Environment Food and Rural Affairs written question – answered on 4th February 2004.

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Photo of Norman Baker Norman Baker Liberal Democrat, Lewes

To ask the Secretary of State for Environment, Food and Rural Affairs if she will make a statement on progress made in ending discharges of TC-99 from Sellafield.

Photo of Elliot Morley Elliot Morley Minister of State (Environment and Agri-Environment), Department for Environment, Food and Rural Affairs

holding answer 30 January 2004

As a result of co-operative efforts between BNFL, the Environment Agency, Health and Safety Executive and others, much has already been done to reduce Technetium-99 (Tc-99) discharge levels from Sellafield.

The discharge limit was cut from 200 TBq/year (terabecquerels per year) to 90 TBq/year in 2000. Ministers also asked the Environment Agency to carry out a review of Tc-99 discharges and the Agency's proposed decision was published in September 2001. One of the proposals, to deal with new arisings of Medium Active Concentrate (MAC) (the complex liquid mixture that contains Tc-99 and other, more radiotoxic, radionuclides) using "MAC-Diversion" abatement technology, was implemented in 2003. This will allow the discharge limit to be reduced to 10 TBq/year in 2006.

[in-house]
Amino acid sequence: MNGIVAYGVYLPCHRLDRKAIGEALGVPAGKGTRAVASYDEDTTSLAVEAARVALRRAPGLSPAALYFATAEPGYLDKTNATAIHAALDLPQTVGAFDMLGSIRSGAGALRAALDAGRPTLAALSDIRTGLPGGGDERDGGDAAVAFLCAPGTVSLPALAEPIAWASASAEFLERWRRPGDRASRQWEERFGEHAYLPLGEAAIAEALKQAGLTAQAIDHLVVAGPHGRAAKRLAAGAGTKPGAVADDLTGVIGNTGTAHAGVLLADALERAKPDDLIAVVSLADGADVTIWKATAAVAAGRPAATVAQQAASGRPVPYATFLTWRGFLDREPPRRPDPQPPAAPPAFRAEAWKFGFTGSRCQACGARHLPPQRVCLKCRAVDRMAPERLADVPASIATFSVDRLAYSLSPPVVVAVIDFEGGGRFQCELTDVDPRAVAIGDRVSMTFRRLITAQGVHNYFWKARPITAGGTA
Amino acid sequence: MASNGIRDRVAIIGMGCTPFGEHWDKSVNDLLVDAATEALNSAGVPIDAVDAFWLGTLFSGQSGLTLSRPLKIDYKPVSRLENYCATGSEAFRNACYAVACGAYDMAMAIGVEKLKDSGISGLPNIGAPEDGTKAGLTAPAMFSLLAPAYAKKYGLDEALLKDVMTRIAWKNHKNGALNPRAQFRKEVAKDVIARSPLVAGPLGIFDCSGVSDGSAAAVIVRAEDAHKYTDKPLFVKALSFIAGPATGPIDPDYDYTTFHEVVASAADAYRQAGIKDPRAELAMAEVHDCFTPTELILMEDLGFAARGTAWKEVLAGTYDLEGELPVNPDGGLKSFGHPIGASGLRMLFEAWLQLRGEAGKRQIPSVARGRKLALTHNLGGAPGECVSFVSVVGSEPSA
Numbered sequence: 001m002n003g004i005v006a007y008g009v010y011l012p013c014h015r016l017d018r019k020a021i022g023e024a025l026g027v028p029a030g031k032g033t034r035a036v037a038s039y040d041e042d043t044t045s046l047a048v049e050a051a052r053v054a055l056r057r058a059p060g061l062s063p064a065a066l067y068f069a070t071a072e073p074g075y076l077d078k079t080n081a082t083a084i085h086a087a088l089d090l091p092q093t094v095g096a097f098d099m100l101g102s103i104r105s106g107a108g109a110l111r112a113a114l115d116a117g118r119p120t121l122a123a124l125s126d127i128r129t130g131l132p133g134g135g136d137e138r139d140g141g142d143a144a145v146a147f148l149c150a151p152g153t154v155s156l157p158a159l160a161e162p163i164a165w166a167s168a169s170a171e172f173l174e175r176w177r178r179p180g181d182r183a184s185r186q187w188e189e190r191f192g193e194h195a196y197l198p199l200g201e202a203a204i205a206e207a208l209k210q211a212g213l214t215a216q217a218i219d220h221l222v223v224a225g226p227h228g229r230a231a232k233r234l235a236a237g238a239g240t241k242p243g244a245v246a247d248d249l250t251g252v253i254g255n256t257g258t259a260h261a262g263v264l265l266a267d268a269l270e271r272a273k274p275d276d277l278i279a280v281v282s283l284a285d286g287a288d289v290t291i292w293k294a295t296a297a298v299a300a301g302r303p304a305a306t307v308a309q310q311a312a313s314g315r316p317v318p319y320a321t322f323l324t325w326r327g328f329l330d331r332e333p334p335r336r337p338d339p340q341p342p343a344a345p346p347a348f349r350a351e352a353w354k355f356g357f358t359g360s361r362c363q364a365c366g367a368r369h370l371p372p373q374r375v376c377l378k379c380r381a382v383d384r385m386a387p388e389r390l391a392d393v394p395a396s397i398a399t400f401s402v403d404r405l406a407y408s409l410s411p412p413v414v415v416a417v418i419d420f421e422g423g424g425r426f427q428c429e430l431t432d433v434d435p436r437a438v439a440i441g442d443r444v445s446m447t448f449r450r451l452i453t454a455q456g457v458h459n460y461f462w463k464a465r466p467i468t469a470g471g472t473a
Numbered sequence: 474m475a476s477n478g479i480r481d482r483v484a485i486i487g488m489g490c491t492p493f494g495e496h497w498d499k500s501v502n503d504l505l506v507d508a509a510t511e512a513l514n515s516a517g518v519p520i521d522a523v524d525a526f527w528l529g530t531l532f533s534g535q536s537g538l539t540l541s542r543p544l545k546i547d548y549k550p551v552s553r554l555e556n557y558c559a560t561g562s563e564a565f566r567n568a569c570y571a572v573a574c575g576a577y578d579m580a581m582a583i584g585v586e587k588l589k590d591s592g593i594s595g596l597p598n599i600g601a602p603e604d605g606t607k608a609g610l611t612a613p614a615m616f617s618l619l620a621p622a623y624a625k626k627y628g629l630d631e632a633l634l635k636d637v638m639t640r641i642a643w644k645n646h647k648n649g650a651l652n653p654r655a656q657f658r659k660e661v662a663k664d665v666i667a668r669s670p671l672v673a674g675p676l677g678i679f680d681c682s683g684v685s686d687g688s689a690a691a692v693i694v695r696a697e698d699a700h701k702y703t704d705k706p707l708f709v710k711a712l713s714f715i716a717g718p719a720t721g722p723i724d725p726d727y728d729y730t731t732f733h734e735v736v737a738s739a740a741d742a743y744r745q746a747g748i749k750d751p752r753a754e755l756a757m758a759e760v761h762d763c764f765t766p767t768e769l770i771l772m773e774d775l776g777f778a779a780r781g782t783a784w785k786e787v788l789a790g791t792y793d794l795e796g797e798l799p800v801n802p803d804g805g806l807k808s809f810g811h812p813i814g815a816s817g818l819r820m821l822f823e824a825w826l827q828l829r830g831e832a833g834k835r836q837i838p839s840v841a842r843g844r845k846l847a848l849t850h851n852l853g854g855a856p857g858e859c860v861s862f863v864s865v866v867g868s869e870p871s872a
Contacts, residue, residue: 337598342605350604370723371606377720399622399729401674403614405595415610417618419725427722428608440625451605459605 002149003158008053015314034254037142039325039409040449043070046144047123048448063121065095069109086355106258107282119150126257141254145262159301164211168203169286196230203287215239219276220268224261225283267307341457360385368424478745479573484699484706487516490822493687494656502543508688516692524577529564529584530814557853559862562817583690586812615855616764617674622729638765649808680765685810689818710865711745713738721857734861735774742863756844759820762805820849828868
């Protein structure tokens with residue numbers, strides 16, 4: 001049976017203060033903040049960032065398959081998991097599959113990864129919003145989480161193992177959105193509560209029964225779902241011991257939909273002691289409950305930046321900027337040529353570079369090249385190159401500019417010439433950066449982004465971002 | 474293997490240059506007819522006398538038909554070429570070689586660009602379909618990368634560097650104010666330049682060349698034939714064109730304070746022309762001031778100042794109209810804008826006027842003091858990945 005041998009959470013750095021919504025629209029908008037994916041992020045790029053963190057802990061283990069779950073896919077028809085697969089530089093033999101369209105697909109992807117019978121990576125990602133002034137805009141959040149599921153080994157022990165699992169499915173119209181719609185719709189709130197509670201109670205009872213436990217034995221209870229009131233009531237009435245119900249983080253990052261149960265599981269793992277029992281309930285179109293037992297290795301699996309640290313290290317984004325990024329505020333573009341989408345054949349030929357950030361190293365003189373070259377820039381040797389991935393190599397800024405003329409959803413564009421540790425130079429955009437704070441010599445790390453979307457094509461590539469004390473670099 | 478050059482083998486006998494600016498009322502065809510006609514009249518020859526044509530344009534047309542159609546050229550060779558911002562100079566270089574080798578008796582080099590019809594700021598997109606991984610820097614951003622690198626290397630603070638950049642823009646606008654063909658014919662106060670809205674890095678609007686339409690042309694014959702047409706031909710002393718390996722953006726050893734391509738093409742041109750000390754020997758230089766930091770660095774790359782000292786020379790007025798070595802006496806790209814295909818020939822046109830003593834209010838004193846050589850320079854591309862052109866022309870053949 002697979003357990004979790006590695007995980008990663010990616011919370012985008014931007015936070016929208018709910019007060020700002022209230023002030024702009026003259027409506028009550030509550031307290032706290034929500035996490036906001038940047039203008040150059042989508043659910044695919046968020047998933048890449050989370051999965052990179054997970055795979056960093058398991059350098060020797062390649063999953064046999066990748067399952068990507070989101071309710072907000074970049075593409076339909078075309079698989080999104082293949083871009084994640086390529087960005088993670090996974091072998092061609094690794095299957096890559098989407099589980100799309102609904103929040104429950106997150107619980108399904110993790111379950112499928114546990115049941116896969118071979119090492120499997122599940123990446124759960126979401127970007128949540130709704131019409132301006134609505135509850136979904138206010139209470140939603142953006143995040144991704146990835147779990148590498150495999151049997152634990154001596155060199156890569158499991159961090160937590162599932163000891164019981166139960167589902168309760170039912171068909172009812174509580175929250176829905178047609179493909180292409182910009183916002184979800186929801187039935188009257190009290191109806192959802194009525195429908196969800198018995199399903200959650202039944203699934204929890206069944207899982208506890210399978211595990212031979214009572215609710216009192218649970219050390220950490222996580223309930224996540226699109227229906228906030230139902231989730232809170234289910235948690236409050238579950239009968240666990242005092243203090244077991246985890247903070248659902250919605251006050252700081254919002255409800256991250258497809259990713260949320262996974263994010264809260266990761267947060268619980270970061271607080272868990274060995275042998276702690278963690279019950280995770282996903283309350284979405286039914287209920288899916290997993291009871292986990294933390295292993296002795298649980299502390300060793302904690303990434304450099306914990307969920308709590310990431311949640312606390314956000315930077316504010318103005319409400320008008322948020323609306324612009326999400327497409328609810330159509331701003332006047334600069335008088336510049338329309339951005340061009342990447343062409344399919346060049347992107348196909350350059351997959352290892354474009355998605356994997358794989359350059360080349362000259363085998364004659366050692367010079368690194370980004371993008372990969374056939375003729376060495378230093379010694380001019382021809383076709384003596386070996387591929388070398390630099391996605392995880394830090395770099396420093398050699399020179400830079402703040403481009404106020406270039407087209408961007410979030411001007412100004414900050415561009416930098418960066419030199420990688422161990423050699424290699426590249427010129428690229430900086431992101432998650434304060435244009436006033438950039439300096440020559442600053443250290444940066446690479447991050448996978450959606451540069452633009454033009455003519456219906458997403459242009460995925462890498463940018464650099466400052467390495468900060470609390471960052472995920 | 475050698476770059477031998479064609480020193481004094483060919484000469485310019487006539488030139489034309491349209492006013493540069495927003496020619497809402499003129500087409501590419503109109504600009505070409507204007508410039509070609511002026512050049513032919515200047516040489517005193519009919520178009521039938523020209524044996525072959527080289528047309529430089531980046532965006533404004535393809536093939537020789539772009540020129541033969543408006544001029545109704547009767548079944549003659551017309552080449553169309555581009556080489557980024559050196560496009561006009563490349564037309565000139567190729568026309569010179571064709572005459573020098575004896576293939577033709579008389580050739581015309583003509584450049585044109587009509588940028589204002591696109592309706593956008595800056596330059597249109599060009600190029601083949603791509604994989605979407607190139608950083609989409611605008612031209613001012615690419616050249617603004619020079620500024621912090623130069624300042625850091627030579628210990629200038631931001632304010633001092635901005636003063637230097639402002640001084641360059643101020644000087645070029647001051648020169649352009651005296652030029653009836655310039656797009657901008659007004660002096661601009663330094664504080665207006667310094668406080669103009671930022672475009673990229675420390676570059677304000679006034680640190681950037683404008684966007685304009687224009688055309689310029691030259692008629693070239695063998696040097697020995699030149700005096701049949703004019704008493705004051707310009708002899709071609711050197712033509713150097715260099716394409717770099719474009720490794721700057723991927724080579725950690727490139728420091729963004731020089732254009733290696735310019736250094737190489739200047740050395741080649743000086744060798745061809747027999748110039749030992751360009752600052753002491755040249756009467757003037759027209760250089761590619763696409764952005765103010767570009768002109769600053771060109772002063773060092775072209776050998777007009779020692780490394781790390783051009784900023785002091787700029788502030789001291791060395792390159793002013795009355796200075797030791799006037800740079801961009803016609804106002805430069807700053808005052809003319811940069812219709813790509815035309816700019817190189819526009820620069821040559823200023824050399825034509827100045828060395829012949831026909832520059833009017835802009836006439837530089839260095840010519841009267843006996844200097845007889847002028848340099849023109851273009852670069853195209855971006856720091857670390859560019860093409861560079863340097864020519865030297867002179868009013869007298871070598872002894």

The Environment Agency also proposed further research on abatement of Tc-99 arising from stored MAC. In October 2003, following approval by regulators, a plant-scale trial began using tetraphenylphosphonium bromide (TPP)—a chemical that precipitates Tc-99 out of MAC. Initial results appear to be encouraging. However, a full evaluation of the trial by the regulators is still under way. If their assessment shows that TPP is acceptable for future use to reduce Tc-99 discharges, it will allow the discharge limits to be cut to below 90 TBq/year before 2006.

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